Sitting like a symmetrical tiered wedding cake at the top of the quayside, right next to the medieval Castle Keep (that gives Newcastle its name), the Vermont is a grande dame of a hotel. You’re equidistant from the buzz of the city and the river here, and the hotel is built on the steep slope down to the quayside, right next to a dramatic sandstone railway arch. If you’re in town with a group, the hotel also has 11 stylish serviced apartments over the road. Rooms are cosy with quilted headboards and tartan carpets in washed-out golds. Have a night in at the Maven restaurant, which serves everything from seafood tempura to Vietnamese shaking beef.

Price: Doubles from £68, room only

Book now

Best for architecture nerds: Grey Street Hotel

Neighbourhood: Grainger Town

A Junior Suite at Grey Street Hotel

Geordies are very proud of the fact that Grey Street often tops “the most beautiful street in the UK” lists. This tiny Georgian boutique hotel in a converted bank sits at the bottom of the street’s curve of sandstone townhouses with Grey’s monument proudly at the top, marking the city centre. The architecture is a focal point of the monochrome rooms, too, with Newcastle’s monuments immortalised in cameos on statement wallpaper. Grey Street makes the ideal crash pad – you’re on the doorstep of some of the best spots to eat in town, and the hotel has no restaurant, so even more excuse to get out and about.

Price: Doubles from £64

Book now

Best for grown ups: Hotel du Vin

Neighbourhood: Ouseburn Valley

Tub time for two in a Large Open Plan Suite at Hotel du Vin

The polished Hotel du Vin, on the edge of the city centre in the creative Ouseburn Valley, is the smooth-talking Don Draper of Newcastle hotels and just a 10-minute walk along the quayside. In a burnished redbrick warehouse with spacious rooms decorated in chocolatey oak panelling, roll-top baths and wrinkled leather armchairs, it’s ideal for couples who want to stay slightly outside of the action. As the name suggests, the hotel takes its food and drink very seriously, so stay in for a meal at the French brasserie. If you’re keen to explore, make a beeline for twin pubs The Tyne Bar and The Free Trade for a pint with the best views in town.

Price: Doubles from £92

Book now

Best for river views: Hilton Newcastle Gateshead

Neighbourhood: Quayside

The Hilton’s middle fourth or fifth floors offer ample opportunities for bridge-watching (H

Though purists will argue that it’s technically on the Gateshead side, this hotel has the best views of the emerald-ironwork of the Tyne Bridge, shown off to full advantage through floor-to-ceiling lobby windows. Ask for a bedroom on the middle fourth or fifth floors for peak bridge-watching. There’s also a large swimming pool and spa. You’re just steps from the swing bridge at quayside level and there’s a buzz about nearby shipping container bar complex By the River Brew Co – make sure you have at least one meal at Trakol, where all dishes are cooked on an open fire.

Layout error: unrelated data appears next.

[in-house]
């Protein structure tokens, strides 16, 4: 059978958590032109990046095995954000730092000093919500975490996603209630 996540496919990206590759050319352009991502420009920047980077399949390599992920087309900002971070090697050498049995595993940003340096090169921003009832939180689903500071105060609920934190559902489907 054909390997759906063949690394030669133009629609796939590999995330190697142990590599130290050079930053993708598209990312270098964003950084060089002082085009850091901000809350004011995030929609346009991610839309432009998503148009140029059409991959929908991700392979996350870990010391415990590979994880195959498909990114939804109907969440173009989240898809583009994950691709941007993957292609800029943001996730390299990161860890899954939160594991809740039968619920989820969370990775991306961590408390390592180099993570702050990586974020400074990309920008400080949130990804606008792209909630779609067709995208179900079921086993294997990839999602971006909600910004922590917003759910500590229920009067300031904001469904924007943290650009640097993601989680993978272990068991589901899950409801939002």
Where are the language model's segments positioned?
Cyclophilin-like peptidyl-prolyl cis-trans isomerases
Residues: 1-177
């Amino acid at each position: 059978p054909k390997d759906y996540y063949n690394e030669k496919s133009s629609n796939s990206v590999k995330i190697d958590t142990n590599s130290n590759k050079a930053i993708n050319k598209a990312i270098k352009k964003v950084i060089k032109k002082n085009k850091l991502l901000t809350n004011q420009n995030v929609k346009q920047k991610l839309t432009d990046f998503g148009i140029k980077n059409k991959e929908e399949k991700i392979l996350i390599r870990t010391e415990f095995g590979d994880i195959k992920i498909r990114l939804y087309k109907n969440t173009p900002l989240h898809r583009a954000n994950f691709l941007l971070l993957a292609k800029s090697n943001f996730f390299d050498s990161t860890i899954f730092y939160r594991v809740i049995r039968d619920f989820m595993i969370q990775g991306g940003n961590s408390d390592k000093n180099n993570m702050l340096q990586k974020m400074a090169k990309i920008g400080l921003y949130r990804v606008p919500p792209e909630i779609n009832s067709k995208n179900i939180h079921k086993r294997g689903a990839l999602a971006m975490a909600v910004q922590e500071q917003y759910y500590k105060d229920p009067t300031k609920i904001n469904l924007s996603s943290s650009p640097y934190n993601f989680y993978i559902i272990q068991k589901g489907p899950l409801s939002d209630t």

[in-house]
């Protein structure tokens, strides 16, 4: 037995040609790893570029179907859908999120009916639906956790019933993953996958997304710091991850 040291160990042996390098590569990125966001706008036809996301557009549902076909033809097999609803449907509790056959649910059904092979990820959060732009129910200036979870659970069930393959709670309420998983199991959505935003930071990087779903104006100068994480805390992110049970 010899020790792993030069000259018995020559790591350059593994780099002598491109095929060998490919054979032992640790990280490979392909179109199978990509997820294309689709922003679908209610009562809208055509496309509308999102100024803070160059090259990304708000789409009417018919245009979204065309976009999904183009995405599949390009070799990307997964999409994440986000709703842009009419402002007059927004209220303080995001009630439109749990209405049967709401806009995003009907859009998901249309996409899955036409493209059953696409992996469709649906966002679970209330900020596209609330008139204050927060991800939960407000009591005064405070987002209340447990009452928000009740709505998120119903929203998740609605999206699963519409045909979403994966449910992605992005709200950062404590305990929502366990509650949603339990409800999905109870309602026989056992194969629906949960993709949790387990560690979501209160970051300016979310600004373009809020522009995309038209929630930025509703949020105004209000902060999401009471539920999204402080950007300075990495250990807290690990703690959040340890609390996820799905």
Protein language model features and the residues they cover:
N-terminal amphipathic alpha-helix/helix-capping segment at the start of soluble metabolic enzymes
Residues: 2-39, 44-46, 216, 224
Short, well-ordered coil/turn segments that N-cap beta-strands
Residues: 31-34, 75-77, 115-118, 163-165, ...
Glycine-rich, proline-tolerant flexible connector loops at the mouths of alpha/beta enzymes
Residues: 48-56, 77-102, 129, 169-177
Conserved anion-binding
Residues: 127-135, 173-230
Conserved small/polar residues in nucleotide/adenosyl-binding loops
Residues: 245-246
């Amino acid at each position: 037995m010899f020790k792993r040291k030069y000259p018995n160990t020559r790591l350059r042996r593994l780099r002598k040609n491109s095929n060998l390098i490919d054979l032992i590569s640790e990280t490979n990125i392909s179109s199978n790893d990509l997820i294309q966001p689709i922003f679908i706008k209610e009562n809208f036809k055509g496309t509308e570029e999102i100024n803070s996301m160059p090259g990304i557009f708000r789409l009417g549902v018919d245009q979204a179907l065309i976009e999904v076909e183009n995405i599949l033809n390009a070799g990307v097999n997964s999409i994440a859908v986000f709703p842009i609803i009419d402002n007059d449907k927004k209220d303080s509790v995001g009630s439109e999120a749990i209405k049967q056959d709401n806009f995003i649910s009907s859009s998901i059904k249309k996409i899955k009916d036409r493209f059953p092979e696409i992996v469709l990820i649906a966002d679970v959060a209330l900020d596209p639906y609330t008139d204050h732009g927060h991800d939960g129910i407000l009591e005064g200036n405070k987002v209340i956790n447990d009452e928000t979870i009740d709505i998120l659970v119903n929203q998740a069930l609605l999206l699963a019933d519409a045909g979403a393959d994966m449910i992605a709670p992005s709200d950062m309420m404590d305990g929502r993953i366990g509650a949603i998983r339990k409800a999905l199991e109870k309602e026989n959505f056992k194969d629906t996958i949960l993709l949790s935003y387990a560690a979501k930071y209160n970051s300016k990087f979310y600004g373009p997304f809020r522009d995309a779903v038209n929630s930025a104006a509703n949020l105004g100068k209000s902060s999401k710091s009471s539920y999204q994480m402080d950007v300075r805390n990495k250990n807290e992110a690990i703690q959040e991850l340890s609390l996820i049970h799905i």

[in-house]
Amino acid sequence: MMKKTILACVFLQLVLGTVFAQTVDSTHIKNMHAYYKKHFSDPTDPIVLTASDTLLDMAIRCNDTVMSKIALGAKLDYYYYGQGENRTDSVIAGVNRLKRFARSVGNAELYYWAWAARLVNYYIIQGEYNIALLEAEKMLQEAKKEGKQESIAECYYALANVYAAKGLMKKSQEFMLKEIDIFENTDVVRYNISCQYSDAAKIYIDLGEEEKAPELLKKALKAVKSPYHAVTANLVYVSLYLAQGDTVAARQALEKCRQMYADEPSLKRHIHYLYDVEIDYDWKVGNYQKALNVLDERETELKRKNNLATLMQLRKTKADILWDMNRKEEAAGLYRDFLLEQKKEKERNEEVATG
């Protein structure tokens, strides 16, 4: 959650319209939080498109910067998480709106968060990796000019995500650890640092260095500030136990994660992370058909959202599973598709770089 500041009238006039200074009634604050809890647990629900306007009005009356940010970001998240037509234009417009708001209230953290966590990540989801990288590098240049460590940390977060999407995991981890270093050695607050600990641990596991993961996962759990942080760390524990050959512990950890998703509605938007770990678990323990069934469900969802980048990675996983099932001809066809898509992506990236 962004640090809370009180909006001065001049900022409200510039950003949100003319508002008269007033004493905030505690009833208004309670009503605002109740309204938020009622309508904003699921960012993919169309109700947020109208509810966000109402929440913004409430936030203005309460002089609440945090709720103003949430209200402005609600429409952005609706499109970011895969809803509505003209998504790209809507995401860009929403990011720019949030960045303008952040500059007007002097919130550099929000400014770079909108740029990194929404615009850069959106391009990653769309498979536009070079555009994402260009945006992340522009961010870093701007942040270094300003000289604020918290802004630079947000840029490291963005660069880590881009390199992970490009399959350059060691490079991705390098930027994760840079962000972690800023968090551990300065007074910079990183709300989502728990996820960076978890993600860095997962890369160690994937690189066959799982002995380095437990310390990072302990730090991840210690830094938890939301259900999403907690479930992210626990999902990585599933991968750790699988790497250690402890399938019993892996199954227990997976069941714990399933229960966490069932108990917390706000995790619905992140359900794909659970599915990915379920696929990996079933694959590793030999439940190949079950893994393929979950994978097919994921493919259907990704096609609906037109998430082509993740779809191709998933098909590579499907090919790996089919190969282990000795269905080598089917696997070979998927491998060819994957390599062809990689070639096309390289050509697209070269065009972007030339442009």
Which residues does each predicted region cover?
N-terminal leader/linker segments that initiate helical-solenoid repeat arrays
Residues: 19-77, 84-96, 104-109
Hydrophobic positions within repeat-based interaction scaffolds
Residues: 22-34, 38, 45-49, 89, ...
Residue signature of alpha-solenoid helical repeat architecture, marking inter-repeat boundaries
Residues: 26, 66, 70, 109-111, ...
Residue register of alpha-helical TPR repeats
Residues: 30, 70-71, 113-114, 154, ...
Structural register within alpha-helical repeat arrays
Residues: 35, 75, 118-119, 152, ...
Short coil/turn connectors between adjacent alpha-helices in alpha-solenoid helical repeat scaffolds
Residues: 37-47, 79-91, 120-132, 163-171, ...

Price: Doubles from £77

Book now

Best for nature lovers: Grand Hotel

Neighbourhood: Tynemouth

A Sea View Deluxe room

If you’re visiting the windswept beaches of Northumberland, staying in the pretty seaside town of Tynemouth – located just a 20-minute metro ride east from Newcastle – makes sense. The Victorian Grand Hotel harks back to the town’s beachside glamour, sitting on a cliff at the top of Longsands beach, where surfers slice ice-cold waves. Inside, the hotel lives up to its name, with a sweeping central staircase and traditional rooms, some of which come with four-poster beds. Make sure you grab a lunch of kippers and smoky potatoes at Riley’s Fish Shack, which has had critics raving.

Price: Doubles from £199

Book now

Register for free to continue reading

Registration is a free and easy way to support our truly independent journalism

By registering, you will also enjoy limited access to Premium articles, exclusive newsletters, commenting, and virtual events with our leading journalists

Already have an account? sign in

By clicking ‘Register’ you confirm that your data has been entered correctly and you have read and agree to our Terms of use, Cookie policy and Privacy notice.

This site is protected by reCAPTCHA and the Google Privacy policy and Terms of service apply.

Join our new commenting forum

Join thought-provoking conversations, follow other Independent readers and see their replies

Comments

Thank you for registering

Please refresh the page or navigate to another page on the site to be automatically logged inPlease refresh your browser to be logged in